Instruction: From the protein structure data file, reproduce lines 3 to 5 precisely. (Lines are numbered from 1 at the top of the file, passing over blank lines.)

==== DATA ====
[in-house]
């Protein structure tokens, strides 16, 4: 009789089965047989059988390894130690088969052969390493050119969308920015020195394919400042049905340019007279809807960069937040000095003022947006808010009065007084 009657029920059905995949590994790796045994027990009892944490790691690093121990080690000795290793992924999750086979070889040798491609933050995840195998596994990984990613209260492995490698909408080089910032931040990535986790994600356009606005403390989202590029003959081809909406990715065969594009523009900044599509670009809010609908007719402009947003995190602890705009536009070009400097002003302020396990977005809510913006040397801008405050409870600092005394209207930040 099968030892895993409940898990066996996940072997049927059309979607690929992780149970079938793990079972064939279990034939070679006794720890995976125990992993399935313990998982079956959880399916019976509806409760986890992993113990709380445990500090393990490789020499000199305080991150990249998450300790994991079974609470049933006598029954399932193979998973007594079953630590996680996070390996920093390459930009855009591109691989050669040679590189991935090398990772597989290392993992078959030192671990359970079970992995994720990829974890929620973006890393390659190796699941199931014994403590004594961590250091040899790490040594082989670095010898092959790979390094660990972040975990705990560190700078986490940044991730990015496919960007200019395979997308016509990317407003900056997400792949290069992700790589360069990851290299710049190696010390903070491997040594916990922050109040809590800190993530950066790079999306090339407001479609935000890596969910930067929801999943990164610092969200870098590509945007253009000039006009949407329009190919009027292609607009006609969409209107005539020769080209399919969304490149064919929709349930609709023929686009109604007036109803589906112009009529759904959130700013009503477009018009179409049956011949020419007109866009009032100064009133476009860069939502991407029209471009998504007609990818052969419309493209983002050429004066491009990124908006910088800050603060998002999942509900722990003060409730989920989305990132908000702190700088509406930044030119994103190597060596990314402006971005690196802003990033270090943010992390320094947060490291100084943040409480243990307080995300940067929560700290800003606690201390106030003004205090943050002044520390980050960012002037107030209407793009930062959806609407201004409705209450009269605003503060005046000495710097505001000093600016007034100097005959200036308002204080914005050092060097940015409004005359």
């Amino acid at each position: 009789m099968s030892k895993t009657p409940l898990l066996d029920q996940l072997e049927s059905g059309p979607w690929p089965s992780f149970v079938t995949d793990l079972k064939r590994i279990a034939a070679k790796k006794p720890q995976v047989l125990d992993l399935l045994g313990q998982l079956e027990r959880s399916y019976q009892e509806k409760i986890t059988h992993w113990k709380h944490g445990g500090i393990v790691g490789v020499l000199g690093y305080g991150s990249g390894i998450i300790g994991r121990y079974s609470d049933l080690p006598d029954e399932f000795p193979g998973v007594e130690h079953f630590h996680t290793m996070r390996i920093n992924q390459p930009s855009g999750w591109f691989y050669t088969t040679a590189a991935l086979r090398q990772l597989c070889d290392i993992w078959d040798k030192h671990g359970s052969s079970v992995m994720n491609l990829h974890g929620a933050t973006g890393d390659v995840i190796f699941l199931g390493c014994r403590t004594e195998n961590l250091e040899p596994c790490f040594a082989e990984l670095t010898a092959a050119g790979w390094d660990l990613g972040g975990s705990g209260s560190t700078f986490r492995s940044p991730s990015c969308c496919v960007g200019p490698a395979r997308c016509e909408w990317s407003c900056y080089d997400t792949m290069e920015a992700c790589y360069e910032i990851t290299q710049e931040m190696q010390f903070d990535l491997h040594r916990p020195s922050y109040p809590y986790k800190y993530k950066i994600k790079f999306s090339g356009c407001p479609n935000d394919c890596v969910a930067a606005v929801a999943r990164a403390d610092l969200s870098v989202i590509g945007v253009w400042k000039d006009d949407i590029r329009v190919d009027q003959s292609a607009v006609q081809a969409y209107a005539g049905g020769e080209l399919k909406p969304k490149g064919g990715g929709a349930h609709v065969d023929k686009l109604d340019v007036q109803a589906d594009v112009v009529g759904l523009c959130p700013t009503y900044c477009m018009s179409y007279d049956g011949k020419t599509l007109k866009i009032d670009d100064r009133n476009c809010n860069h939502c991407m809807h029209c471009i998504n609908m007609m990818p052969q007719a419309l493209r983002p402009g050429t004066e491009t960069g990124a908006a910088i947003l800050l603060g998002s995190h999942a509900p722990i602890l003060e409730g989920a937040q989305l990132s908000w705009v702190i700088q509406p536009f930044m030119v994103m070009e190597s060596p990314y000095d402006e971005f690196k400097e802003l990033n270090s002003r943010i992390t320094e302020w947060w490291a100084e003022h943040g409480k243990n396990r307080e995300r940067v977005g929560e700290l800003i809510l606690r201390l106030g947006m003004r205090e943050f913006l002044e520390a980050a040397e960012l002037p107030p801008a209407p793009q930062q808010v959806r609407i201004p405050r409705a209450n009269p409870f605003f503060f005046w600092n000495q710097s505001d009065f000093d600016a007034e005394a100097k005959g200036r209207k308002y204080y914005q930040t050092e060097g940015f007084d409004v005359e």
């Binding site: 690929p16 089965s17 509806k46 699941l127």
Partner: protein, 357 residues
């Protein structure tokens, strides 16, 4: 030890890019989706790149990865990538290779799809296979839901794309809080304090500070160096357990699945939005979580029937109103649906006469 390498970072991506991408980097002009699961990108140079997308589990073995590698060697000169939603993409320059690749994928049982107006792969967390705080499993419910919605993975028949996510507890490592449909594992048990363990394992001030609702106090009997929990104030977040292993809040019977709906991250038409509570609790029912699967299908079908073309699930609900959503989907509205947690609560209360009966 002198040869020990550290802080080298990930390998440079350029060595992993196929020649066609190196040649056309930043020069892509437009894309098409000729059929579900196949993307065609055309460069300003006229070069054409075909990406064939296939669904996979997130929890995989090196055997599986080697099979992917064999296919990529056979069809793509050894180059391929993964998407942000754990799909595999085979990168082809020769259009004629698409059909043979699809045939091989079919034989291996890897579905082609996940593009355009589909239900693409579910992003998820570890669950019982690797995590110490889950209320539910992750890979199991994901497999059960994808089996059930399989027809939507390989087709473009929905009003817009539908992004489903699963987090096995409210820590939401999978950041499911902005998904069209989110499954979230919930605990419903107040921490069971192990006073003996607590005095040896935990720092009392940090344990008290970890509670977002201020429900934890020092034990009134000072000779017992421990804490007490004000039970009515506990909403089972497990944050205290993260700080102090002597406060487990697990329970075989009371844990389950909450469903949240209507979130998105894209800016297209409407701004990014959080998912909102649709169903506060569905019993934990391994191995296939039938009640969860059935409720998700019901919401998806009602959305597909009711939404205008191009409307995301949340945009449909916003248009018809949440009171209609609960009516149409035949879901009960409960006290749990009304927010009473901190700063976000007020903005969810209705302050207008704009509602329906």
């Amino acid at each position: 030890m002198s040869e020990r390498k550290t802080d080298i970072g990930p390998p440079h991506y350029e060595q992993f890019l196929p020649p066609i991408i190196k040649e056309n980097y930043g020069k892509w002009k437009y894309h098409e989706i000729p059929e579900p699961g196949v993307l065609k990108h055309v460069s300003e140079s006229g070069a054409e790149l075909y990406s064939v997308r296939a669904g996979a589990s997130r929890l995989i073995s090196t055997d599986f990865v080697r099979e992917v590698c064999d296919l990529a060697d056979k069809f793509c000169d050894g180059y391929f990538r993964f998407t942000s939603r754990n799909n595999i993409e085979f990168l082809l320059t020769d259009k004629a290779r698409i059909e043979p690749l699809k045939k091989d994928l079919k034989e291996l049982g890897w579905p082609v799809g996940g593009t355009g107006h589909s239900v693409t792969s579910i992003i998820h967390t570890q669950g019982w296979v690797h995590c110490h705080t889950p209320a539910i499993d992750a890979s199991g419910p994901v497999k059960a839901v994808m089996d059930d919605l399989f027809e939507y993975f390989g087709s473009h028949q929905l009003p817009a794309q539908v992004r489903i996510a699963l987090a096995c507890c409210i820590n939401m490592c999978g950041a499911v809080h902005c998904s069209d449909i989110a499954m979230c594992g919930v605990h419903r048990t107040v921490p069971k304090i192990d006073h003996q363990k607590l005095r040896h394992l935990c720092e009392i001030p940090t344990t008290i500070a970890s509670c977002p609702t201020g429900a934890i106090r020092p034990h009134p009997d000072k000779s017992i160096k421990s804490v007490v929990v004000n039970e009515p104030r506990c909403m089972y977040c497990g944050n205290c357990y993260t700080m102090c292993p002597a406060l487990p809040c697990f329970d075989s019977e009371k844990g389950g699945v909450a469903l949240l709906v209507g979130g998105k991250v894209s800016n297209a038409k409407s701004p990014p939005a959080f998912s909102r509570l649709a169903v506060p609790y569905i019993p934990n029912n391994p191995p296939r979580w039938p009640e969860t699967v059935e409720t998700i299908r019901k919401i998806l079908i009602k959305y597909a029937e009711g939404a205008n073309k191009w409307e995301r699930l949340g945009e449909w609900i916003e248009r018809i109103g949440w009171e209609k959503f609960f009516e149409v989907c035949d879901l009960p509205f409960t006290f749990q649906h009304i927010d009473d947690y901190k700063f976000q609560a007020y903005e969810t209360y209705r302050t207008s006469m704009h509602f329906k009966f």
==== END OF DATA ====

């Amino acid at each position: 009789m099968s030892k895993t009657p409940l898990l066996d029920q996940l072997e049927s059905g059309p979607w690929p089965s992780f149970v079938t995949d793990l079972k064939r590994i279990a034939a070679k790796k006794p720890q995976v047989l125990d992993l399935l045994g313990q998982l079956e027990r959880s399916y019976q009892e509806k409760i986890t059988h992993w113990k709380h944490g445990g500090i393990v790691g490789v020499l000199g690093y305080g991150s990249g390894i998450i300790g994991r121990y079974s609470d049933l080690p006598d029954e399932f000795p193979g998973v007594e130690h079953f630590h996680t290793m996070r390996i920093n992924q390459p930009s855009g999750w591109f691989y050669t088969t040679a590189a991935l086979r090398q990772l597989c070889d290392i993992w078959d040798k030192h671990g359970s052969s079970v992995m994720n491609l990829h974890g929620a933050t973006g890393d390659v995840i190796f699941l199931g390493c014994r403590t004594e195998n961590l250091e040899p596994c790490f040594a082989e990984l670095t010898a092959a050119g790979w390094d660990l990613g972040g975990s705990g209260s560190t700078f986490r492995s940044p991730s990015c969308c496919v960007g200019p490698a395979r997308c016509e909408w990317s407003c900056y080089d997400t792949m290069e920015a992700c790589y360069e910032i990851t290299q710049e931040m190696q010390f903070d990535l491997h040594r916990p020195s922050y109040p809590y986790k800190y993530k950066i994600k790079f999306s090339g356009c407001p479609n935000d394919c890596v969910a930067a606005v929801a999943r990164a403390d610092l969200s870098v989202i590509g945007v253009w400042k000039d006009d949407i590029r329009v190919d009027q003959s292609a607009v006609q081809a969409y209107a005539g049905g020769e080209l399919k909406p969304k490149g064919g990715g929709a349930h609709v065969d023929k686009l109604d340019v007036q109803a589906d594009v112009v009529g759904l523009c959130p700013t009503y900044c477009m018009s179409y007279d049956g011949k020419t599509l007109k866009i009032d670009d100064r009133n476009c809010n860069h939502c991407m809807h029209c471009i998504n609908m007609m990818p052969q007719a419309l493209r983002p402009g050429t004066e491009t960069g990124a908006a910088i947003l800050l603060g998002s995190h999942a509900p722990i602890l003060e409730g989920a937040q989305l990132s908000w705009v702190i700088q509406p536009f930044m030119v994103m070009e190597s060596p990314y000095d402006e971005f690196k400097e802003l990033n270090s002003r943010i992390t320094e302020w947060w490291a100084e003022h943040g409480k243990n396990r307080e995300r940067v977005g929560e700290l800003i809510l606690r201390l106030g947006m003004r205090e943050f913006l002044e520390a980050a040397e960012l002037p107030p801008a209407p793009q930062q808010v959806r609407i201004p405050r409705a209450n009269p409870f605003f503060f005046w600092n000495q710097s505001d009065f000093d600016a007034e005394a100097k005959g200036r209207k308002y204080y914005q930040t050092e060097g940015f007084d409004v005359e």
């Binding site: 690929p16 089965s17 509806k46 699941l127």
Partner: protein, 357 residues